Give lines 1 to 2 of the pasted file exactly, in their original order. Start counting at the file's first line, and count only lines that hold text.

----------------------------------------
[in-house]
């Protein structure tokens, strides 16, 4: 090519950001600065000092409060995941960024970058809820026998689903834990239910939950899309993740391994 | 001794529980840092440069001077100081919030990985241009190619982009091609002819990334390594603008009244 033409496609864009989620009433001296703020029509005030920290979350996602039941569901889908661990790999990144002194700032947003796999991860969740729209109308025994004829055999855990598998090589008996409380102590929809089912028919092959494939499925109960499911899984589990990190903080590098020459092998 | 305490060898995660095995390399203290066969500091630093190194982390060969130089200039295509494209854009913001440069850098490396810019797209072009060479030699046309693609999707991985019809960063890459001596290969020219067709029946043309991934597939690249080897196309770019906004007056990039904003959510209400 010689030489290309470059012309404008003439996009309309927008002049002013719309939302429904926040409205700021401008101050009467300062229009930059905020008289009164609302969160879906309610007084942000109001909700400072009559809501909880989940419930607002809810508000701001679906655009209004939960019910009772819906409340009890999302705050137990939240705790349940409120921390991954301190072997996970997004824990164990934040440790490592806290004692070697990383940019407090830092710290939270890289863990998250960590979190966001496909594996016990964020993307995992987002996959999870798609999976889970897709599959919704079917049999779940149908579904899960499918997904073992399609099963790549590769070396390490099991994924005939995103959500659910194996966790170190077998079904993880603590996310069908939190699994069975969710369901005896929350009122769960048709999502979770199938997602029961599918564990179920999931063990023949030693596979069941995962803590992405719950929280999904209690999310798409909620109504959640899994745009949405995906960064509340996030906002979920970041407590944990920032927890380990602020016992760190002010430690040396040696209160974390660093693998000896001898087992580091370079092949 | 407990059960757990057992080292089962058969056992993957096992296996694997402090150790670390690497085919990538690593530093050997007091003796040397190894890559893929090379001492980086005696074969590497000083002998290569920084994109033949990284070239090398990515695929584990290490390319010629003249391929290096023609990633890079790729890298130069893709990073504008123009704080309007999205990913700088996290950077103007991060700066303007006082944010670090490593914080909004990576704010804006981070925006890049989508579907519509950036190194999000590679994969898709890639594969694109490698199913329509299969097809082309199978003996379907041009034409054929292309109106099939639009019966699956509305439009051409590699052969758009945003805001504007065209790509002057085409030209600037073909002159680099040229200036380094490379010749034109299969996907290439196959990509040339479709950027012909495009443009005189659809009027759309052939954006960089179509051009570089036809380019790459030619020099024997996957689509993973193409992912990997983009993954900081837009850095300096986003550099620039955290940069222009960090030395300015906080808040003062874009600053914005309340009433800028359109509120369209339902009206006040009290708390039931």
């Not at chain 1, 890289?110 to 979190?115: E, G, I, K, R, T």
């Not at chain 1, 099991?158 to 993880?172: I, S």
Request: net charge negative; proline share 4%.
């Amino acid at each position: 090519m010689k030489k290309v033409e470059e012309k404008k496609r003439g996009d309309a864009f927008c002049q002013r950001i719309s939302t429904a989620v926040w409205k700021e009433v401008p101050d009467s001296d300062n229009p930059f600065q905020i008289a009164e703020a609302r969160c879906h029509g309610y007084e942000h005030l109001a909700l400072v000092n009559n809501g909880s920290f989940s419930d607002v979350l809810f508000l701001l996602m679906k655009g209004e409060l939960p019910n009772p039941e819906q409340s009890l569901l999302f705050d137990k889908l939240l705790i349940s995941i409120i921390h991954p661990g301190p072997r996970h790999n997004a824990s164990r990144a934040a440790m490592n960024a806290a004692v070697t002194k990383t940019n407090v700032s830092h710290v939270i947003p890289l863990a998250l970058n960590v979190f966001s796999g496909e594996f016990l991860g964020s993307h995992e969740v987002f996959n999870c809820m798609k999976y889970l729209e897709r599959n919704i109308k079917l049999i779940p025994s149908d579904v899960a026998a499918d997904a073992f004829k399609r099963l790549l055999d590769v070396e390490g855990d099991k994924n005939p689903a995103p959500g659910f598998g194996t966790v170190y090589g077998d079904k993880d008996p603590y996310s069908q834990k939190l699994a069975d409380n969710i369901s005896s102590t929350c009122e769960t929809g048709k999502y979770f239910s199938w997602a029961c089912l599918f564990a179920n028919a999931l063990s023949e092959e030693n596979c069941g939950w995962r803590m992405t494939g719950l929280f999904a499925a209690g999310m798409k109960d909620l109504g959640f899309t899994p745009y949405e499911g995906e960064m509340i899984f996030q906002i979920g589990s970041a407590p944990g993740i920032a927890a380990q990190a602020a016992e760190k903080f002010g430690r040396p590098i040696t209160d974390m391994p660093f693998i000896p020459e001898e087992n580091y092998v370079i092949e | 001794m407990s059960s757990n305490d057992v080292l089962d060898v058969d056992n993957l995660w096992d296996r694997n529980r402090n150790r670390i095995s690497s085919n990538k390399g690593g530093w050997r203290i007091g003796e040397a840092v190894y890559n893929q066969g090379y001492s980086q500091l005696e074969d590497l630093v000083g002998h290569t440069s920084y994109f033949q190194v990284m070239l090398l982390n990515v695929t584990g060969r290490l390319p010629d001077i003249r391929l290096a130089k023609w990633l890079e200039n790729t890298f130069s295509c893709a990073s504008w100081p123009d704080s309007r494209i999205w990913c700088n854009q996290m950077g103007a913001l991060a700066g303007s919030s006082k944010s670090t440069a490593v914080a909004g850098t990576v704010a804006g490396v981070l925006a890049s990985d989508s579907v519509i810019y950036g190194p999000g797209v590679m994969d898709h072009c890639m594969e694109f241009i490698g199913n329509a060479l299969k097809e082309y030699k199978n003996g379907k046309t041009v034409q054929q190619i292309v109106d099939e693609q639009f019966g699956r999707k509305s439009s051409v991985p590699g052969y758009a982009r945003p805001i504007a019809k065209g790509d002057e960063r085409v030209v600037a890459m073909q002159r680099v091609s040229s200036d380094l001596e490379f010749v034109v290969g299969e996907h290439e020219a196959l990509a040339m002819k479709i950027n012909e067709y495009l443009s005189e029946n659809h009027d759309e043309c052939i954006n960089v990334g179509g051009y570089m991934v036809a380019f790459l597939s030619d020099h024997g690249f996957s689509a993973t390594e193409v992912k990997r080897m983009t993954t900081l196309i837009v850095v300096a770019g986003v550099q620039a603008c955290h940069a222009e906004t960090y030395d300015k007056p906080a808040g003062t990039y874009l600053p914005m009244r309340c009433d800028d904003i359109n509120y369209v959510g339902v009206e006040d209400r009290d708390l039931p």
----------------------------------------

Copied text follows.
[in-house]
């Protein structure tokens, strides 16, 4: 090519950001600065000092409060995941960024970058809820026998689903834990239910939950899309993740391994 | 001794529980840092440069001077100081919030990985241009190619982009091609002819990334390594603008009244 033409496609864009989620009433001296703020029509005030920290979350996602039941569901889908661990790999990144002194700032947003796999991860969740729209109308025994004829055999855990598998090589008996409380102590929809089912028919092959494939499925109960499911899984589990990190903080590098020459092998 | 305490060898995660095995390399203290066969500091630093190194982390060969130089200039295509494209854009913001440069850098490396810019797209072009060479030699046309693609999707991985019809960063890459001596290969020219067709029946043309991934597939690249080897196309770019906004007056990039904003959510209400 010689030489290309470059012309404008003439996009309309927008002049002013719309939302429904926040409205700021401008101050009467300062229009930059905020008289009164609302969160879906309610007084942000109001909700400072009559809501909880989940419930607002809810508000701001679906655009209004939960019910009772819906409340009890999302705050137990939240705790349940409120921390991954301190072997996970997004824990164990934040440790490592806290004692070697990383940019407090830092710290939270890289863990998250960590979190966001496909594996016990964020993307995992987002996959999870798609999976889970897709599959919704079917049999779940149908579904899960499918997904073992399609099963790549590769070396390490099991994924005939995103959500659910194996966790170190077998079904993880603590996310069908939190699994069975969710369901005896929350009122769960048709999502979770199938997602029961599918564990179920999931063990023949030693596979069941995962803590992405719950929280999904209690999310798409909620109504959640899994745009949405995906960064509340996030906002979920970041407590944990920032927890380990602020016992760190002010430690040396040696209160974390660093693998000896001898087992580091370079092949 | 407990059960757990057992080292089962058969056992993957096992296996694997402090150790670390690497085919990538690593530093050997007091003796040397190894890559893929090379001492980086005696074969590497000083002998290569920084994109033949990284070239090398990515695929584990290490390319010629003249391929290096023609990633890079790729890298130069893709990073504008123009704080309007999205990913700088996290950077103007991060700066303007006082944010670090490593914080909004990576704010804006981070925006890049989508579907519509950036190194999000590679994969898709890639594969694109490698199913329509299969097809082309199978003996379907041009034409054929292309109106099939639009019966699956509305439009051409590699052969758009945003805001504007065209790509002057085409030209600037073909002159680099040229200036380094490379010749034109299969996907290439196959990509040339479709950027012909495009443009005189659809009027759309052939954006960089179509051009570089036809380019790459030619020099024997996957689509993973193409992912990997983009993954900081837009850095300096986003550099620039955290940069222009960090030395300015906080808040003062874009600053914005309340009433800028359109509120369209339902009206006040009290708390039931």